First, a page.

Earnings

Amazon’s Third Party Sales Grow 23 Percent In Q2

Amazon

Nothing lasts forever — and even for Amazon the good times cannot always roll. A week-and-a-half after celebrating its biggest ever day in terms of sales and member sign-ups on Prime Day(s) 2019  Amazon is facing the rare rash of investor skepticism after falling short of analysts pre-release predictions.

By the numbers, Amazon’s Q2 revenue came in at $63.4 billion a bit ahead of the $62.5 billion analysts were expecting.  That is a 20 percent increase over 2018. But profits were a miss — Amazon brought in $2.6 billion on an earnings per share (EPS) of  $5.22, short the of the $5.57 on $2.8 billion analysts were expecting. That marks the first time in four years Amazon has failed to beat it earnings forecast.

This miss was largely attributed by Amazon to the cost increase incumbent on shifting a significant portion of Amazon’s inventory from two-day Prime shipping to one-day Prime day shipping.  This is not the first massive upgrade or update Amazon has made to it retail logistics, Chief Financial Officer Brian Olsavsky told investors during the post release debrief, and as is often the case the process comes with ripples and hiccups. In Q2, Amazon spent more than the $800 million it has forecast it would spend in the second quarter on the one-day migration — though he did not offer a specific figure on how much more.

“It does create a shock to the system, and one we’re working through now. We suspect we will be working through it for a number of quarters, but when the dust settles, we’ll regain our efficiency over time,” he said on the one-day shipping cost-benefit.

In other news that turned analysts’ heads, though not for reasons Amazon favors, AWS — Amazon’s cloud computing business saw its growth slowed. Sales for Amazon Web Services increased to $8.4 billion in the second quarter. That represents a 37 percent year-on-year pickup, impressive results in most other contexts — but south of analyst forecasts for AWS which consistently show sales growth north of 40 percent since 2015.  Some analysts have speculated this is evidence that Microsoft is gaining steam in a market Amazon has long dominated.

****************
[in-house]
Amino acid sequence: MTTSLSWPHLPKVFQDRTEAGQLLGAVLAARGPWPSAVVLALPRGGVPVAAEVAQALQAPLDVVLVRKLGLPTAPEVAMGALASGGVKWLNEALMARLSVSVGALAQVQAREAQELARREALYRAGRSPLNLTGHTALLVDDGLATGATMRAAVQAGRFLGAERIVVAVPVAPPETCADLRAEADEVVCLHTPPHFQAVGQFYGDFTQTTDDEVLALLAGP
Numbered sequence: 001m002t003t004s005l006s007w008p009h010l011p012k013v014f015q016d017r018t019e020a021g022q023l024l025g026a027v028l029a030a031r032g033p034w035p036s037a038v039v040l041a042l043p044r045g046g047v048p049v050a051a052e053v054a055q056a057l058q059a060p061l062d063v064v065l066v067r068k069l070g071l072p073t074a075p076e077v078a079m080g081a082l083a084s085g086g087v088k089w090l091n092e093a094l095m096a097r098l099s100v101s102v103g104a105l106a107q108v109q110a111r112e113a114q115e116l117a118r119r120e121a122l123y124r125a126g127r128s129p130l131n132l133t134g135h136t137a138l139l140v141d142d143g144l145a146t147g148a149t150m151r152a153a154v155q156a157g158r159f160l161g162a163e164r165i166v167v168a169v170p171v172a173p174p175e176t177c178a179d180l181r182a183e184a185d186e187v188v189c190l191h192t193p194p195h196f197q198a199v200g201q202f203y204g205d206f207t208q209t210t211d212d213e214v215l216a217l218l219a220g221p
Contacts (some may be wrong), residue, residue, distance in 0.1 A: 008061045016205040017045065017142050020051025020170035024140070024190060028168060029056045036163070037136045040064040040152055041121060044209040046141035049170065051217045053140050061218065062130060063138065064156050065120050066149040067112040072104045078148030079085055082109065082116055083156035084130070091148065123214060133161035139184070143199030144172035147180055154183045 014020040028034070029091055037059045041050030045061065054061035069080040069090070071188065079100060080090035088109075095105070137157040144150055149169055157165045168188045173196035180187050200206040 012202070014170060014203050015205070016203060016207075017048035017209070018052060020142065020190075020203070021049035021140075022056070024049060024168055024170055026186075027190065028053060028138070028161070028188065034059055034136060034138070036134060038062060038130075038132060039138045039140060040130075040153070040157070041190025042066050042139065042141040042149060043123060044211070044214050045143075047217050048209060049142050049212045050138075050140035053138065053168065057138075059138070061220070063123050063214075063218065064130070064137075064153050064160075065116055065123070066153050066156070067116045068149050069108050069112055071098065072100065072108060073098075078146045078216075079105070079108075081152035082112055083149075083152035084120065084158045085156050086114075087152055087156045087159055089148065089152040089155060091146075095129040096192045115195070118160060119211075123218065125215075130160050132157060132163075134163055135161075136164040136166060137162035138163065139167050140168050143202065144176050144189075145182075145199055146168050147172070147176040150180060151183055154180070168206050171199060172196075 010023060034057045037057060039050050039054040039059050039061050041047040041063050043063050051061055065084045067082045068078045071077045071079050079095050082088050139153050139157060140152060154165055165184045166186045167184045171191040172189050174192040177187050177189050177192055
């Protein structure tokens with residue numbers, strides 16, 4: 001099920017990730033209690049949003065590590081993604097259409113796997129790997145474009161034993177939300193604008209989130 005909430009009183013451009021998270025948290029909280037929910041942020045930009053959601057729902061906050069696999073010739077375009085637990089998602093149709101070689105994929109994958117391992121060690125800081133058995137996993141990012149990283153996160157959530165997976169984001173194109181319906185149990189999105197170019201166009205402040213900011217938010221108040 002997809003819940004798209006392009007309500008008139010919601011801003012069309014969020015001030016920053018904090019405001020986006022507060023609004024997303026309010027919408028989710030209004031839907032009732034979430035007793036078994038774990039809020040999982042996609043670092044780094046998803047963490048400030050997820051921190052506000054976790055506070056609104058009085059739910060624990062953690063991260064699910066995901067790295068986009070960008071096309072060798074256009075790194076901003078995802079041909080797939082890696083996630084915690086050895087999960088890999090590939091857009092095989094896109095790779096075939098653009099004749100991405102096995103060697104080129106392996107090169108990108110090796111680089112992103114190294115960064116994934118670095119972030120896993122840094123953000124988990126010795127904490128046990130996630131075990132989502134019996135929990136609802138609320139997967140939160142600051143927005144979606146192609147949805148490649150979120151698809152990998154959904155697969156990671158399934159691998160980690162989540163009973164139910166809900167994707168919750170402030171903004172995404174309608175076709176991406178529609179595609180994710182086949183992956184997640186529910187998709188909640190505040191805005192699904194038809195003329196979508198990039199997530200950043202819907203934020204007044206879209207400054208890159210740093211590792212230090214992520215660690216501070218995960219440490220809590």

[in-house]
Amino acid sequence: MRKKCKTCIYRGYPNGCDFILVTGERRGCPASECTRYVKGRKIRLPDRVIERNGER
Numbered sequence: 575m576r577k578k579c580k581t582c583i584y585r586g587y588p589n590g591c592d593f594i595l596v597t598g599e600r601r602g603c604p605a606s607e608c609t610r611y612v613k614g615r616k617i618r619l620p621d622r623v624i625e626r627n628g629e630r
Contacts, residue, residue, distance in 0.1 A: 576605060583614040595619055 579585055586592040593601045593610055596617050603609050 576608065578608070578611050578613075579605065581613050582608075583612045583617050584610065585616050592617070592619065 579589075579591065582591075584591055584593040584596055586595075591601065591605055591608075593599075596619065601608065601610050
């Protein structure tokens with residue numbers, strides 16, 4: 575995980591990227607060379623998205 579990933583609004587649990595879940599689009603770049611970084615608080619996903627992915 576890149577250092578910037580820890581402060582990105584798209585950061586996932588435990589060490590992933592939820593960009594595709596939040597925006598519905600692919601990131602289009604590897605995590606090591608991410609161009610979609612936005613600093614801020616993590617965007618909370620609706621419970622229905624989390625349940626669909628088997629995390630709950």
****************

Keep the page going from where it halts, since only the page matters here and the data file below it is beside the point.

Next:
Olsavsky, in response to repeated questions on AWS performance, noted that revenue was strong in the quarter, and that  sales cycles fluctuate.

“We’re growing faster than anyone” on a dollar basis, he said.

Also attracting analysts’ interest was growth in Amazon’s “Other” category, which includes Amazon’s increasingly important online ad business. Revenue was up sharply — 37 percent to $3 billion. Revenue from seller services — merchants selling on Amazon’s third party marketplace — grew 23 percent to $12.0 billion in the second quarter,

International sales picked up 12 percent to $16.4 billion.

Physical stores, a category still mostly dominated by Whole Foods’ revenue, remained level with $4.3 billion in sales. Olsavsky noted that if online delivery and in-store pick-up orders were counted toward that total — sales would show growth in the 5 percent range.  Both categories instead are now booked under online sales.

Analysts asked, but got no answers, about recent announcements from the Justice Department that Amazon will be under investigation for potential antitrust violations, particularly on its retail marketplace. Olsavsky offered not comment other than to note that the just released results don’t include the impact of any potential regulations or penalties.

As for predictions for Q3, Amazon’s guidance indicates  operating profit will be between $2.1 billion and $3.1 billion versus $3.7 billion the year prior. Analysts were expecting $4.4 billion and the big gap got a lot of attention from investors and analysts.

“Right now, we are seeing an increasing and ramping cost penalty, and that’s what’s built into the Q3 guidance,” Olsavsky said, adding the company would continue to roll out one-day delivery in North America and Europe in the coming quarters.

Amazon’s third-quarter revenue guidance of $66 billion to $70 billion did surpass Wall Street estimates of $67.3 billion — mostly counted as a testament to Prime Day strengths. However, it wasn’t enough to bring investors around to enthusiasm about the results — Amazon’s stock price fell 2 percent in after-hours trading, after gaining a net 36 percent in 2019 so far.

But, despite the short-term losses — it seems pretty clear that Amazon is looking for long-term gains, particularly out of its new One-Day delivery offering.

“Free one-day delivery is now available to Prime members on more than 10 million items, and we’re just getting started,” CEO Jeff Bezos said in a statement that accompanied the Q2 earnings release.

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